Most commercially sold bat guano is derived from insect eating bats. Harvesting from large roosts with millions of bats is sustainable. The caves where these roosts are found must be fenced and guarded to prevent the caves from being used as rubbish dumps. Insect eating bat guano has an average NPK of 7-3-1. Bat populations in protected caves increase yearly until the roosting area is full.
Most species of fruit bats roost in small colonies in crevices, ledges, trees, and other natural settings. Commercial harvesting is impossible due to small colony size. The raw guano is extremely sticky, and the smell unbearable. The average NPK of fruit bat guano is 3-1-6. Habitat loss is a threat to the survival of many species of fruit, pollen, and nectar eating bats.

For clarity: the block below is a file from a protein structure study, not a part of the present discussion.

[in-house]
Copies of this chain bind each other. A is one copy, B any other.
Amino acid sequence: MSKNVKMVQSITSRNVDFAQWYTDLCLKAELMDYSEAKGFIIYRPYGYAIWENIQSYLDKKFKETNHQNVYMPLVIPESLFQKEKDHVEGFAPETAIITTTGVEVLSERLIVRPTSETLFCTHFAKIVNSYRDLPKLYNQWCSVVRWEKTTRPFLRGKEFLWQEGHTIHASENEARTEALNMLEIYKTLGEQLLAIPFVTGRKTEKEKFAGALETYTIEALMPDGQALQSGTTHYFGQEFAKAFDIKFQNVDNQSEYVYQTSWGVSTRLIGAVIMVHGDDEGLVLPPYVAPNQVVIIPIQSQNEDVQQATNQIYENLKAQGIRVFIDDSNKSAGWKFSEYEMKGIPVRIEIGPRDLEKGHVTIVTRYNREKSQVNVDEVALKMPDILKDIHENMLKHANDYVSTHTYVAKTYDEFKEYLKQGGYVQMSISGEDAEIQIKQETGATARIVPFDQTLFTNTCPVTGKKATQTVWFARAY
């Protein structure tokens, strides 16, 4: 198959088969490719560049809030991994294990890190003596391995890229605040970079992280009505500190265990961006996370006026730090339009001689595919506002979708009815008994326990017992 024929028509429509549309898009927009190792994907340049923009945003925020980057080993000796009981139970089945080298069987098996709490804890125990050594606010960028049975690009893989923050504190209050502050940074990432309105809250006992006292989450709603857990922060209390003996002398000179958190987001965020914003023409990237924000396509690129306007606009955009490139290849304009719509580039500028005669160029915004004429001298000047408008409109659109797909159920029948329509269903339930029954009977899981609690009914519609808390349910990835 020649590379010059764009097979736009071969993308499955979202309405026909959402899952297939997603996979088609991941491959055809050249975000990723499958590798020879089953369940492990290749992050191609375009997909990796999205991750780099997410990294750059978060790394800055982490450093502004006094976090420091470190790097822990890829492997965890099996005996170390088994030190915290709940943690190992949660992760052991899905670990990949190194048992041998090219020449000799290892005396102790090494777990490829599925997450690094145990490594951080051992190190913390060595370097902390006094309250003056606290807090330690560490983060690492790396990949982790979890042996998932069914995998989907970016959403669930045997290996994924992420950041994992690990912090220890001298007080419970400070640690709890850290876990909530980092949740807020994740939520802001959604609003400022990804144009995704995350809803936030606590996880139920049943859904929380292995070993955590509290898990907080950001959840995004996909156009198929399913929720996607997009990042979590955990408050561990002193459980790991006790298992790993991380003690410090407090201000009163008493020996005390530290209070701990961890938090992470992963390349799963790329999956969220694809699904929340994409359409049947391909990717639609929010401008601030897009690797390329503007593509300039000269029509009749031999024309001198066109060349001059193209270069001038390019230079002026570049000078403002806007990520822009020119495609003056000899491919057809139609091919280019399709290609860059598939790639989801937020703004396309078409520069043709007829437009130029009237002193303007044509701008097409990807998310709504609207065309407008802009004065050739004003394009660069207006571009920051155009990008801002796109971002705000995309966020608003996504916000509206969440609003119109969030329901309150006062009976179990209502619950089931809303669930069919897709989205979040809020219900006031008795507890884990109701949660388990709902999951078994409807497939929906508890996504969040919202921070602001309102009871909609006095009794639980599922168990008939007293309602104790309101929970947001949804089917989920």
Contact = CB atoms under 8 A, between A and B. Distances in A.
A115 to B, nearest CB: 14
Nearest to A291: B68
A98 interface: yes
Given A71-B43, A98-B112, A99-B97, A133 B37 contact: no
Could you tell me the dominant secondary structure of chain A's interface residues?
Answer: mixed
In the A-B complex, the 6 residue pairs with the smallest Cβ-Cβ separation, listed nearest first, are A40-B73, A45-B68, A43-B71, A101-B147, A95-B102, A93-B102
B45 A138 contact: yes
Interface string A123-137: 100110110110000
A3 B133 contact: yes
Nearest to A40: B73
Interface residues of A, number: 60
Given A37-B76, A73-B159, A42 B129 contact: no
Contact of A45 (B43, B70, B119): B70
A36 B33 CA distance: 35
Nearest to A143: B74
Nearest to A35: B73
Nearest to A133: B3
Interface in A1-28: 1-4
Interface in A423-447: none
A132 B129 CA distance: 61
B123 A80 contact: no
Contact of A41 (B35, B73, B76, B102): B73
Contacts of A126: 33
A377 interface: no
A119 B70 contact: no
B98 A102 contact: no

This guano is derived from marine bird excrement. The phosphate is derived from fish bones digested by seabirds, and hardened over millennia into rock. This rock is collected from ridges, cliffs and mines, then crushed, sieved, and sterilized in a quarantined factory in Indonesia before packaging for export.